The sport events known as Olympics has had a long affair with doping. Some substances can signficantly increase the capability of athletes, at least in the short-term. These substances are banned, however. Ignoring the potentially harmful effects of certain drugs, why? If the whole point of Olympics is to be the fastest, jump the highest and so on, why wouldn’t people be able to use these substances to aid them? The answer would be something along the lines of that the athlete should derive his results through committed training and dedication, not “cheating”. In other words, it’s deemed to be too much of an unfair advantage.

Even if all the competition ran faster than Asterix, Asterix won because he didn’t use the magic portion.

At that point I’m starting to wonder. It’s undeniable that the athletes who win medals would never be as good as they are if they didn’t have the genetic disposition required to do so. Not only is genetics a very strong factor, but the socio-economic aspect as well. The Soviet Union, for example, had a pretty impressive track record on winning Olympic medals. But, as can be seen here, Russia’s medals have decreased since then. Does this mean that Russians suddenly got inherently worser at sports? No, it’s mean that the resources committed by the Russian state have not been as good. In this sense, the Olympics can be seen as a sort of nationalistic masturbation because it’s divided along the lines of nation against nation.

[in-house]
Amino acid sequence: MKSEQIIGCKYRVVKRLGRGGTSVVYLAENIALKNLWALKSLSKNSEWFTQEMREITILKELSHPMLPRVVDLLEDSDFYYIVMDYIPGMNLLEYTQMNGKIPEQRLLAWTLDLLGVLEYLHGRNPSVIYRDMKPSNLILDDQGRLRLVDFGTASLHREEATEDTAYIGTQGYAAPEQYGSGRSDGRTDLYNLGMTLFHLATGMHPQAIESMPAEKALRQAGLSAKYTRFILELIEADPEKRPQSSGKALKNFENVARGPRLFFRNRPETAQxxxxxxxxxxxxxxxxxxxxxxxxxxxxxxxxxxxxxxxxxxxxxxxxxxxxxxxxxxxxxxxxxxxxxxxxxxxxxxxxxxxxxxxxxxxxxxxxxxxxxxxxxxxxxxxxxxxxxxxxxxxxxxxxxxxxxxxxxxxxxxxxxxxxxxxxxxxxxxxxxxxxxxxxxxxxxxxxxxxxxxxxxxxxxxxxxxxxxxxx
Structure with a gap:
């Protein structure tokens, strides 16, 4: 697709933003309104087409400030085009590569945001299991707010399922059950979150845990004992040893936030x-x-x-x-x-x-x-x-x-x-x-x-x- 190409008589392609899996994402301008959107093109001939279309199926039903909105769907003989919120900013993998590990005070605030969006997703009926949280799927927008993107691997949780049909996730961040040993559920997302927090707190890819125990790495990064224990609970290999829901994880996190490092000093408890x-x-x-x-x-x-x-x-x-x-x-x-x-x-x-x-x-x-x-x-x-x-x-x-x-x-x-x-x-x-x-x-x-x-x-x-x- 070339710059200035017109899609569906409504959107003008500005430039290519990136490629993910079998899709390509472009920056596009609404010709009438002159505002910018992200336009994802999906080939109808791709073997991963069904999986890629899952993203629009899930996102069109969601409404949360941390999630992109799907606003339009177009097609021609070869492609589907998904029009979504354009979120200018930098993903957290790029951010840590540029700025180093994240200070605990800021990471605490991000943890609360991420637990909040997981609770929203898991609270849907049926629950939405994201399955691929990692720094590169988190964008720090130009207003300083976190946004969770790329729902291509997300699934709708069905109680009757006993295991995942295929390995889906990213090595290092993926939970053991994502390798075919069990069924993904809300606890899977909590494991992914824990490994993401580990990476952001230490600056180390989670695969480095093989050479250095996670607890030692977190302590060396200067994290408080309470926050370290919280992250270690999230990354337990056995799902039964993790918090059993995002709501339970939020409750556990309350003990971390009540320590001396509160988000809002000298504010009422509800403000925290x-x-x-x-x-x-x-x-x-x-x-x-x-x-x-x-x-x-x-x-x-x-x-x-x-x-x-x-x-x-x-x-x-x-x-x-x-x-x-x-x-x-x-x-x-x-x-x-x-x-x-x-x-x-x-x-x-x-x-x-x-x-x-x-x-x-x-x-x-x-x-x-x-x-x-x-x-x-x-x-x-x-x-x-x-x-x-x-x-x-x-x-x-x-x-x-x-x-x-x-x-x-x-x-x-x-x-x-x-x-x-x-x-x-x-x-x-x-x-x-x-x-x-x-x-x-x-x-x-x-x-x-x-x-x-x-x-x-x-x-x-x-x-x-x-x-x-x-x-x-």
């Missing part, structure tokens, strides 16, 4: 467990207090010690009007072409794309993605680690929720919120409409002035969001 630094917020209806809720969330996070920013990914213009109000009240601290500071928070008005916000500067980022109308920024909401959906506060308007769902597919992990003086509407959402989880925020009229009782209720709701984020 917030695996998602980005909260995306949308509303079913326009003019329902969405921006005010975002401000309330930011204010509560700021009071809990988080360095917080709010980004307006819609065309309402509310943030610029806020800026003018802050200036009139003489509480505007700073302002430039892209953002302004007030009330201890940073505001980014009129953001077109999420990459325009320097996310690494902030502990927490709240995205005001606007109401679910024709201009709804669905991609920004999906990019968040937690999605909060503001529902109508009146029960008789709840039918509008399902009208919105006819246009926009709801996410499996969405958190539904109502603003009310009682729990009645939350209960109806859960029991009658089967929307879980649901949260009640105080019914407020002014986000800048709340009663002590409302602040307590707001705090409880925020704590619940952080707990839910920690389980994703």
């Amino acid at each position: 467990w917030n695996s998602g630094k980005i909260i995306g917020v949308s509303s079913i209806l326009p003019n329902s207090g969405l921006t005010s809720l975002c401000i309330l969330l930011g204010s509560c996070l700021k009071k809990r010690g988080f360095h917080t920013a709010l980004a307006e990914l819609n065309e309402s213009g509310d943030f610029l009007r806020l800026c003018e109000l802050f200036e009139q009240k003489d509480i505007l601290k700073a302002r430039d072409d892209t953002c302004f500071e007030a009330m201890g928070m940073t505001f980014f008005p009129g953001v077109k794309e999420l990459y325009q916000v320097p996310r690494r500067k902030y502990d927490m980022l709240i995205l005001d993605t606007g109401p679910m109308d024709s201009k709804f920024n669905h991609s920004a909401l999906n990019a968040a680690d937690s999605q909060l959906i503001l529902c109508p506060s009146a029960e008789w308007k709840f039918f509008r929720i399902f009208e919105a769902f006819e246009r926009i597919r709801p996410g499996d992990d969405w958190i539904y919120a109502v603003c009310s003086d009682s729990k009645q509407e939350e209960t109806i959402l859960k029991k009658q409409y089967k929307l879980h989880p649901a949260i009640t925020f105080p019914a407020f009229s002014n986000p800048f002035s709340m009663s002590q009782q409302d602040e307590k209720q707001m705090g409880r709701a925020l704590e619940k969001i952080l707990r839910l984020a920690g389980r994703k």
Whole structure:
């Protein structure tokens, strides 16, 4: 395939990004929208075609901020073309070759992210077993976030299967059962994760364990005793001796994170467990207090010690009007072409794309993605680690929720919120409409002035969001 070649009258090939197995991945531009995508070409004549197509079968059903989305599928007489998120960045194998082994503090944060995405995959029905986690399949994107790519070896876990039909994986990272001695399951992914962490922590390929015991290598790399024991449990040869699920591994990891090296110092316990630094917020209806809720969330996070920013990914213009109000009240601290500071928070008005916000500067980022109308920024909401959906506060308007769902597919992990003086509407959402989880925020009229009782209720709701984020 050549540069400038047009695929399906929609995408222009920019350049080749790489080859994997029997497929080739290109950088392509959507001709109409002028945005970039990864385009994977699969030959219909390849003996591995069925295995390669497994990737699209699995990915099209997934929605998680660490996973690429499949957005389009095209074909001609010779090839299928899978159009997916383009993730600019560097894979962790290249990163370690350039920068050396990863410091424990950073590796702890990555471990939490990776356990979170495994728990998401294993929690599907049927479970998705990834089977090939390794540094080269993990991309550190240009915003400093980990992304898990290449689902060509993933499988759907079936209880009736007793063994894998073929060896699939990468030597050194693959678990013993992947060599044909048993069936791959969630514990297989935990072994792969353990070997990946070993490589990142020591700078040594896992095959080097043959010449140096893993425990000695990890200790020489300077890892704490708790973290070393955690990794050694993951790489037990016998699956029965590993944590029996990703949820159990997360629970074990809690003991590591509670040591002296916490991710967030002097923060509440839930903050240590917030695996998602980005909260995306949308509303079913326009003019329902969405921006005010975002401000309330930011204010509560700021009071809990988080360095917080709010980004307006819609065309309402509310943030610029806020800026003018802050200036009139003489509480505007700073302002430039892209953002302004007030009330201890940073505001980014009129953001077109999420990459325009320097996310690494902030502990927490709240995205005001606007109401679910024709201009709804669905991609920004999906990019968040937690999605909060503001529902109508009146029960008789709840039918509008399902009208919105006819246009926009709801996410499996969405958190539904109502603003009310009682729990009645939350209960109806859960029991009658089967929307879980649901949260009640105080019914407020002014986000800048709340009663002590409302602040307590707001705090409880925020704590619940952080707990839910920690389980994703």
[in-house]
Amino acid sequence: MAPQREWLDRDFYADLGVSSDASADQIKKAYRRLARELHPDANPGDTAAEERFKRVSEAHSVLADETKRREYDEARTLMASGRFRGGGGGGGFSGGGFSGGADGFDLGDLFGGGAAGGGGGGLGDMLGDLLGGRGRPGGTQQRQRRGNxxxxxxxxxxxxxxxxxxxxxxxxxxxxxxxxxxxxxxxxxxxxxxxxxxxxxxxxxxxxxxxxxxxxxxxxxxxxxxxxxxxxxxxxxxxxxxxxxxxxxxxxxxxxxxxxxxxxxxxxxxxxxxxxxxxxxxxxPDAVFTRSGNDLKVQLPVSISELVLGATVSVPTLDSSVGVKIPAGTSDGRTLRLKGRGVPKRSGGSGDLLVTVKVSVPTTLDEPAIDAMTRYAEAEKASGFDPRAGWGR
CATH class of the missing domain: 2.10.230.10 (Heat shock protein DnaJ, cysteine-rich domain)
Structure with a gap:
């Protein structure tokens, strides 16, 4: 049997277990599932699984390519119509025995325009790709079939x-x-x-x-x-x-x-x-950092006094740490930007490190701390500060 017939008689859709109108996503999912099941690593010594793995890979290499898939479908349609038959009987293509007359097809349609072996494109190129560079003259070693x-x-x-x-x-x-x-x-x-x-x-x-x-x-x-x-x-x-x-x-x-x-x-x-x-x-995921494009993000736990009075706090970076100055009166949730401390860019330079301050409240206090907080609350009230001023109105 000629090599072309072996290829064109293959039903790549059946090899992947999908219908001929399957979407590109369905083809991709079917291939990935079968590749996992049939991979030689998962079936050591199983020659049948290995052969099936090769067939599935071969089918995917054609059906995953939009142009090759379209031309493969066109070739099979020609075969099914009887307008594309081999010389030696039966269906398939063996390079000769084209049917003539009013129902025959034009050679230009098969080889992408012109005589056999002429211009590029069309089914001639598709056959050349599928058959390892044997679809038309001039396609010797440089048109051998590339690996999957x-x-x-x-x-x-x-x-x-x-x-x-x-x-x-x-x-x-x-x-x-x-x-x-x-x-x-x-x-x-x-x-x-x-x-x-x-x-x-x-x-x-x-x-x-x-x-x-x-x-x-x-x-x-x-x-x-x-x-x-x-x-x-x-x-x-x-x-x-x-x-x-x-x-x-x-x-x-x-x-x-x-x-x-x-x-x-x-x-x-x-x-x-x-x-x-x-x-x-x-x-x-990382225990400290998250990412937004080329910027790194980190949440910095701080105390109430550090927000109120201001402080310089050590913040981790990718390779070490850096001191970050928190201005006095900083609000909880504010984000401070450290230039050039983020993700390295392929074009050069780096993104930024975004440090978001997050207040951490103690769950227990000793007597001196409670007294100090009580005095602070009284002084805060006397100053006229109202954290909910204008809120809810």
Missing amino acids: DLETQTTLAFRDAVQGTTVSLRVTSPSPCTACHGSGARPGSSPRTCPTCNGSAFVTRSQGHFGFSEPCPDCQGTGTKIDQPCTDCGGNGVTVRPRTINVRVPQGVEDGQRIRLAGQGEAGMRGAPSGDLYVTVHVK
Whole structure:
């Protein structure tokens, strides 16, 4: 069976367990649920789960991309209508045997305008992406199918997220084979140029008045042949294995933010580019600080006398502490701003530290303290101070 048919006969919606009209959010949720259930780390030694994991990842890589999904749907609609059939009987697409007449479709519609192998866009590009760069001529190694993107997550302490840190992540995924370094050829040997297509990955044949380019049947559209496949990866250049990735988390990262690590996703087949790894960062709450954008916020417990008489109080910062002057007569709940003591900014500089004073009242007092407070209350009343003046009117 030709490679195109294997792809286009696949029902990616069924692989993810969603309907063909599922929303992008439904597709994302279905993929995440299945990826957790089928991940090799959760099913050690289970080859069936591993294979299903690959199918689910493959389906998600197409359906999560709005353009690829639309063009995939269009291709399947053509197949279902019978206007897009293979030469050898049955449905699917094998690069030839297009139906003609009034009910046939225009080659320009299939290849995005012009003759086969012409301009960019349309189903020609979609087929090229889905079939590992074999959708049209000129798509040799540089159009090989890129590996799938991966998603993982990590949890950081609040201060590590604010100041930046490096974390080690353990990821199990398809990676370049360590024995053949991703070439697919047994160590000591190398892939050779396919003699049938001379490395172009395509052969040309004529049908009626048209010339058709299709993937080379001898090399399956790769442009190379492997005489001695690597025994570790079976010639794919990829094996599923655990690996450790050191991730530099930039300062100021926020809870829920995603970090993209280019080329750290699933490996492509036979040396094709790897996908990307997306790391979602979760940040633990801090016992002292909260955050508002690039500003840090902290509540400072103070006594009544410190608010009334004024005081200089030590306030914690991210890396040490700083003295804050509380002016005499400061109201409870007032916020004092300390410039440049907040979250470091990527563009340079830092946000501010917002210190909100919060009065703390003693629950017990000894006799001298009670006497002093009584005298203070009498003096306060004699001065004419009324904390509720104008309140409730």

If certain athletes have such an advantage in genetics, doesn’t the concept sort of fall on the ground? They say that sports is a test in how far one can push the human body, but that is at variance with the policy on doping. And then the line gets even more blurry.

The International Olympic Committee has seemingly been playing catch-up for years with athletes who use sophisticated means to mask their use of steroids, human growth hormone, erythropoietin, or EPO, and other performance-enhancing drugs.

Now, through the World Anti-Doping Agency, the I.O.C. wants to anticipate the possibility that athletes will begin re-engineering certain genes to strengthen their muscles, increase their oxygen-carrying capacity, block their pain or speed their pace of healing from injury.

”The best way to deal with it is to prevent it and move quickly to the forefront of the technology,” Dick Pound, the anti-doping agency’s chairman, said yesterday in Manhattan after a conference on genetic enhancement in athletics at Cold Spring Harbor, N.Y., that was attended by scientists, sports officials, educators and ethicists.

The use of drugs, and, perhaps, more startling, the engineering of genes to enhance performance, raises questions about the notion of what an athlete is. Is he the product of his genetic makeup, environment and training?

Or can he add to his natural stew with the latest in scientific advances?

Pound, a former Olympic swimmer and longtime I.O.C. member, said, ”Sports are designed by people for people — people are not designed for a particular sport.”

Still, that purism has been tainted by drug use; altering genes appears to represent the latest temptation.